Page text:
We are getting so excited and inspired (and hungry) watching your submissions roll in for our upcoming Food issue! In the spirit of the food theme, we put together this collection of Roomies’ favourite cookbooks for writers. These books all feature recipes, but also include fiction, memoir, and other literary elements.
Consider Mary Frances Kennedy Fisher, a writer who wrote beautiful, fierce, and very personal essays about food, and whose The Art of Eating, a compendium of five of her books, may be all you ever need to read about love.
Fisher (1908 - 1992) was a scholar, translator (she translated Brillat-Savarin’s The Physiology of Taste), a screenwriter, a novelist, and travel writer who wrote fifteen books, as well as hundreds of essays for The New Yorker.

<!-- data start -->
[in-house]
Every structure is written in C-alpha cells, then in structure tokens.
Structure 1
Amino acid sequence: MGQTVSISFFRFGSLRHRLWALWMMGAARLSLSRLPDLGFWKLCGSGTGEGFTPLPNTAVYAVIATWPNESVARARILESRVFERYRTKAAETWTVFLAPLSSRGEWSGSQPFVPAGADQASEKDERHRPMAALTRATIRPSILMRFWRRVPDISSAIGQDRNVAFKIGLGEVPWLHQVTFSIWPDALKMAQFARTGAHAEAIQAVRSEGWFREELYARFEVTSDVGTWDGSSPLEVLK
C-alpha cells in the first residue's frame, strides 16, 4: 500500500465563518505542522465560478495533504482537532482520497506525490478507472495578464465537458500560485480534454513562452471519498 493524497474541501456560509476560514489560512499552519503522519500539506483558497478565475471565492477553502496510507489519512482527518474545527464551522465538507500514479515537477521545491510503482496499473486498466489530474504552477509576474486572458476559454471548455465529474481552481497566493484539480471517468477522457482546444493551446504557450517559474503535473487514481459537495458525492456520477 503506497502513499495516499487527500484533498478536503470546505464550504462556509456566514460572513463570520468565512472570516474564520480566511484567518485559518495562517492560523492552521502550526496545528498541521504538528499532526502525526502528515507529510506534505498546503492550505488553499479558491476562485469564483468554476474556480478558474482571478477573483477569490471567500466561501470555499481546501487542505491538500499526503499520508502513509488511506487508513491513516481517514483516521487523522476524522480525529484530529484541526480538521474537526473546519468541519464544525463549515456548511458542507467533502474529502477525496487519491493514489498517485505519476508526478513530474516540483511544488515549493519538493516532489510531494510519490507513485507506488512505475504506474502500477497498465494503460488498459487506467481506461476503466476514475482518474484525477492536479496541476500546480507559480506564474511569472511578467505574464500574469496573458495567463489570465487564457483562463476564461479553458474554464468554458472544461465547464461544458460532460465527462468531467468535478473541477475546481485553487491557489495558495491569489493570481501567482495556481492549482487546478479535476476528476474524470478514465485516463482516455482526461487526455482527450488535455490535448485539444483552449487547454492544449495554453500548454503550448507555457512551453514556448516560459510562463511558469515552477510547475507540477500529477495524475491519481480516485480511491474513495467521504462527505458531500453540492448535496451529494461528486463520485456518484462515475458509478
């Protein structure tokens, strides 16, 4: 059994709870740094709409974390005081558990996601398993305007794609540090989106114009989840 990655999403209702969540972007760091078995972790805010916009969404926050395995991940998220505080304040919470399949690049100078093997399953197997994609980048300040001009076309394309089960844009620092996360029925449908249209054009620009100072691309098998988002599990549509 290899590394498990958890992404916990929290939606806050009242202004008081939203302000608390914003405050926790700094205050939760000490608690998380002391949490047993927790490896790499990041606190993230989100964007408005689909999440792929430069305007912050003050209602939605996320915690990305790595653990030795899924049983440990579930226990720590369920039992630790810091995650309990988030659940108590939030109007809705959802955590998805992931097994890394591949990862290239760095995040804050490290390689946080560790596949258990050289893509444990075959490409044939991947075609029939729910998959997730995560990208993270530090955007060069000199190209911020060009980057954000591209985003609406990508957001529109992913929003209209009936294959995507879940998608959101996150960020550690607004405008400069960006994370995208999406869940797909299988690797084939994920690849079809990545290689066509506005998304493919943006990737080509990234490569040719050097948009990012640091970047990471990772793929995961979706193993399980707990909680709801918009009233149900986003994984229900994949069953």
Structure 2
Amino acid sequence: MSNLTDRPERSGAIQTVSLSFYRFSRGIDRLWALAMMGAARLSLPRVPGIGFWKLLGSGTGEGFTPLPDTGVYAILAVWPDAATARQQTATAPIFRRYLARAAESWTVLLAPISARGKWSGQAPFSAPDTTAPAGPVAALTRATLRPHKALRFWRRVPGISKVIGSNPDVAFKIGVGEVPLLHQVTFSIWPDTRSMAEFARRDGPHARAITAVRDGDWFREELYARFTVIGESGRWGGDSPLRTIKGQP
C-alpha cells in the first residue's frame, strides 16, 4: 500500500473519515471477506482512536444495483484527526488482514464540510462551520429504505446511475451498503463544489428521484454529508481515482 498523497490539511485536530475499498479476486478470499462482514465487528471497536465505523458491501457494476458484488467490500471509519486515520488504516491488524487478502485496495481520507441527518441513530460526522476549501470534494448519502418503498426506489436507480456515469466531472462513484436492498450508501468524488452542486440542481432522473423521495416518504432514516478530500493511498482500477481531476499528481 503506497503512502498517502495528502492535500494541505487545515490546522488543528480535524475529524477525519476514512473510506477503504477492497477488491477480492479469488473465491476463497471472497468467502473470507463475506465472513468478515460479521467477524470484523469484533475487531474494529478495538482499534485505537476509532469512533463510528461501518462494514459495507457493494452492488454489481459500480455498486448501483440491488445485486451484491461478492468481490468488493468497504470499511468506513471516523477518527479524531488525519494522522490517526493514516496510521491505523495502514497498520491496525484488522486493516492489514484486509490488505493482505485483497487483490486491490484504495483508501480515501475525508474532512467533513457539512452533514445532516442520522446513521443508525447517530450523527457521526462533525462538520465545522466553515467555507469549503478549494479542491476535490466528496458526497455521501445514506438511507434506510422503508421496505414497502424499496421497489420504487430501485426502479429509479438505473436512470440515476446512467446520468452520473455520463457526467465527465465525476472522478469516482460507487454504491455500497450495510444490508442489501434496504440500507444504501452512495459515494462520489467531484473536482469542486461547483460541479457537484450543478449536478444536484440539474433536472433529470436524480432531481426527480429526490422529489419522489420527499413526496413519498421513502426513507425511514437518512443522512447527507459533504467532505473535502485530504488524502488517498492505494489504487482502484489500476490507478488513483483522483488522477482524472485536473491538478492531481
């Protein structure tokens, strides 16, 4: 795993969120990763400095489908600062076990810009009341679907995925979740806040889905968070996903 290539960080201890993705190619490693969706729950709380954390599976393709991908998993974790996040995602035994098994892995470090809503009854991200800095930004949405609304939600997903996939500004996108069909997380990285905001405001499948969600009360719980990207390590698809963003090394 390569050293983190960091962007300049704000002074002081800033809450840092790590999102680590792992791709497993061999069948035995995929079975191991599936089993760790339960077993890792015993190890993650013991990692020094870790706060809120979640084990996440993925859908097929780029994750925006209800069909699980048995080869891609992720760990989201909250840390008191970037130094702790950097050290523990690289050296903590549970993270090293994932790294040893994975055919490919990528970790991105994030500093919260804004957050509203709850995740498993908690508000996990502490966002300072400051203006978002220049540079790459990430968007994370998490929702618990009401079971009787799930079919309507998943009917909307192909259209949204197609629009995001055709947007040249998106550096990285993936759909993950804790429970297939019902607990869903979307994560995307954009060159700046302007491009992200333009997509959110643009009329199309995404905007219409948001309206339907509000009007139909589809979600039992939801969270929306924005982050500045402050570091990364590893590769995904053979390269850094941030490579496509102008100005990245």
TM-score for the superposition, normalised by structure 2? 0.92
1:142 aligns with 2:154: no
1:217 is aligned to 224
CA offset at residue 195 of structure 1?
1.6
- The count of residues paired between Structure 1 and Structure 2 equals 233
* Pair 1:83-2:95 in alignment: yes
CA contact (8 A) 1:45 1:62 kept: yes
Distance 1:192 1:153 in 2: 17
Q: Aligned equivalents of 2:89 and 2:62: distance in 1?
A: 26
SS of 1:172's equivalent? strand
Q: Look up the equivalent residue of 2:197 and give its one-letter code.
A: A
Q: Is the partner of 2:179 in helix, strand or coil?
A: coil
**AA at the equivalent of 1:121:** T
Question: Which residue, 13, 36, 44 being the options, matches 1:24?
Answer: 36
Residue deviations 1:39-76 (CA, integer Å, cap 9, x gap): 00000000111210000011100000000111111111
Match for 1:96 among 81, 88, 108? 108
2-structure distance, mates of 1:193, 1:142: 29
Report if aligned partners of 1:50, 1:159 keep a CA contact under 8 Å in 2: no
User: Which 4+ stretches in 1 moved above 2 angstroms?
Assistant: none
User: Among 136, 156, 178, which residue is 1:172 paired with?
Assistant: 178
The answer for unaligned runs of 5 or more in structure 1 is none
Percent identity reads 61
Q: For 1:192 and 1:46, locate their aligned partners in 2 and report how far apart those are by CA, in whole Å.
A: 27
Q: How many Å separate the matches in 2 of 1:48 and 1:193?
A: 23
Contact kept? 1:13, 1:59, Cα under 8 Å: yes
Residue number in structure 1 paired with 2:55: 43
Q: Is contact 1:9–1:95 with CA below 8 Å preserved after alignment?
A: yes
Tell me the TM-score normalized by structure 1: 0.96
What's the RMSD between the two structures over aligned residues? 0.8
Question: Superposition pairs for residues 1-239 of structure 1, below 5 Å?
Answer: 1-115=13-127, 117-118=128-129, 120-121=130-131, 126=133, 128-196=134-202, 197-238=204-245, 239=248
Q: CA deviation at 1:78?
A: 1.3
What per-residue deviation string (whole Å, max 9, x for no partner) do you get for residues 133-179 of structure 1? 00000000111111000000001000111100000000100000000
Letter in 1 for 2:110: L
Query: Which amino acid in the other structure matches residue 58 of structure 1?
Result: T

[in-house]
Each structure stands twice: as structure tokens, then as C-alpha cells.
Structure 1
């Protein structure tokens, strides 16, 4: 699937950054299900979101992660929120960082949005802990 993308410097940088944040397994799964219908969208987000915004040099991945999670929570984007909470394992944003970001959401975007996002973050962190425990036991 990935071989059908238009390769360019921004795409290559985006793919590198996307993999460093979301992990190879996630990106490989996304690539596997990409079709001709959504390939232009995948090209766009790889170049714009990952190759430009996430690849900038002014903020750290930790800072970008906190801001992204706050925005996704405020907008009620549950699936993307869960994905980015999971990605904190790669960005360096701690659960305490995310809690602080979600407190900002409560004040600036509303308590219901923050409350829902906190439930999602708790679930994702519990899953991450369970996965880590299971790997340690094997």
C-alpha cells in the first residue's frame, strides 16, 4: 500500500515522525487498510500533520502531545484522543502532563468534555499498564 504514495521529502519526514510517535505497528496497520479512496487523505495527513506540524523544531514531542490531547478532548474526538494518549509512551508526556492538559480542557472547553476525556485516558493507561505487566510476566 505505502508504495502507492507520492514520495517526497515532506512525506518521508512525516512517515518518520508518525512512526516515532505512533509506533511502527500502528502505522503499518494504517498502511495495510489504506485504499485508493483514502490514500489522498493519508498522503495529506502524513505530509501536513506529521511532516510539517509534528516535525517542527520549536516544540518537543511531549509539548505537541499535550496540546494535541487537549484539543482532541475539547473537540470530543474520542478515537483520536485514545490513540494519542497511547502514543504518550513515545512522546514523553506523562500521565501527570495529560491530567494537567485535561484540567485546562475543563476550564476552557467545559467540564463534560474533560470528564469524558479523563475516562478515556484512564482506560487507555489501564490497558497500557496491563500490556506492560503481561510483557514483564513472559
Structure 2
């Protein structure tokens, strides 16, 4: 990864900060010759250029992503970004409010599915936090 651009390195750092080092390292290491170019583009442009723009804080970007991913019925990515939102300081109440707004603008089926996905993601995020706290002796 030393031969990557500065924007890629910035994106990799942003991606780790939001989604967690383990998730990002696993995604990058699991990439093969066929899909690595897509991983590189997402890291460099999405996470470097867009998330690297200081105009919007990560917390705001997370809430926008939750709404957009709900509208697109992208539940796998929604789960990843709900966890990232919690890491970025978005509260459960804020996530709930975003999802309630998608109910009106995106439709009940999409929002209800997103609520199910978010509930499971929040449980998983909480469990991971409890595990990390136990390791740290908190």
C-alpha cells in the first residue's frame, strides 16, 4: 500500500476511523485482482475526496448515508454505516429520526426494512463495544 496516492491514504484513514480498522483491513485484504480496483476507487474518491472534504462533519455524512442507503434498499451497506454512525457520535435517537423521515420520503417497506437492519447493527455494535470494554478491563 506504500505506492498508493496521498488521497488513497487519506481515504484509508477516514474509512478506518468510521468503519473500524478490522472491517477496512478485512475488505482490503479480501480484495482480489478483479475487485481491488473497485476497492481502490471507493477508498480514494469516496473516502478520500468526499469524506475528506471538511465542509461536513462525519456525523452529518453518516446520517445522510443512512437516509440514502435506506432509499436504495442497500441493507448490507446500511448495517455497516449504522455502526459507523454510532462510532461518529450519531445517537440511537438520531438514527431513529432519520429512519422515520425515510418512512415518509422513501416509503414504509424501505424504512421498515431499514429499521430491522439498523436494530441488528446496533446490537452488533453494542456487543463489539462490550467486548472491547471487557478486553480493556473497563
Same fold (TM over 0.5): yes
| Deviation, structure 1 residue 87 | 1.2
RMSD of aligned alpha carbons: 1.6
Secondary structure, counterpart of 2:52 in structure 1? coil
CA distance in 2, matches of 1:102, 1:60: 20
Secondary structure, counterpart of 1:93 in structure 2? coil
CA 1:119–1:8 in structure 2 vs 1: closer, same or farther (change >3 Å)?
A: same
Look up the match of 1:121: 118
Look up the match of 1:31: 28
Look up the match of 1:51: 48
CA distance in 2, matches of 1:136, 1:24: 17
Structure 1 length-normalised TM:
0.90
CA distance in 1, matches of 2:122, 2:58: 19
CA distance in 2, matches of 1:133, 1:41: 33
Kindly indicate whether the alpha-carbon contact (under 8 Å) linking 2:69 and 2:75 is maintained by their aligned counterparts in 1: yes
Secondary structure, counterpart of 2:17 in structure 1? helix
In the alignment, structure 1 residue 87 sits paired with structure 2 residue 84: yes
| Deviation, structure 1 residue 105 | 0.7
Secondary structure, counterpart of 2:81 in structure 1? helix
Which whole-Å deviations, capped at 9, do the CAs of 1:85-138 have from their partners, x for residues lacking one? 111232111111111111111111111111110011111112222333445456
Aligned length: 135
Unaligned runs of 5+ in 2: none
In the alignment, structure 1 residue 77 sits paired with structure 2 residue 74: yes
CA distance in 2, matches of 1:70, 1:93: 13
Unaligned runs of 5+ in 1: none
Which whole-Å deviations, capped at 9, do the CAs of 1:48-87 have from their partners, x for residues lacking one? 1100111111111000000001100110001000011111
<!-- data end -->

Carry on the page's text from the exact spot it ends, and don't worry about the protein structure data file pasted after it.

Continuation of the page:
W.H. Auden famously called her America’s greatest writer, and you won’t get much argument from me. From Consider the Oyster, “Love and Death Among the Molluscs,” remains my single, favourite piece of food writing. From the deliciously offhand first line, “An oyster leads a dreadful but exciting life,” to the heartbreaking fact it was written to distract her second husband from the pain of a debilitating disease, the essays provide joy and comfort in equal measure.
Part cookbook and part memoir, The Art of Eating is Fisher’s 750-page magnum opus. Her subjects range from the secret pleasure of eating tangerines toasted on a radiator in a cramped Strasbourg apartment to the unexpected enjoyment of dining alone, but always circle back to the complexities of food and hunger. When asked why a writer of her talent wrote about food instead of “important” subjects, she was unapologetic: “So it happens that when I write of hunger, I am really writing about love and the hunger for it, and warmth and the love of it and the hunger for it.”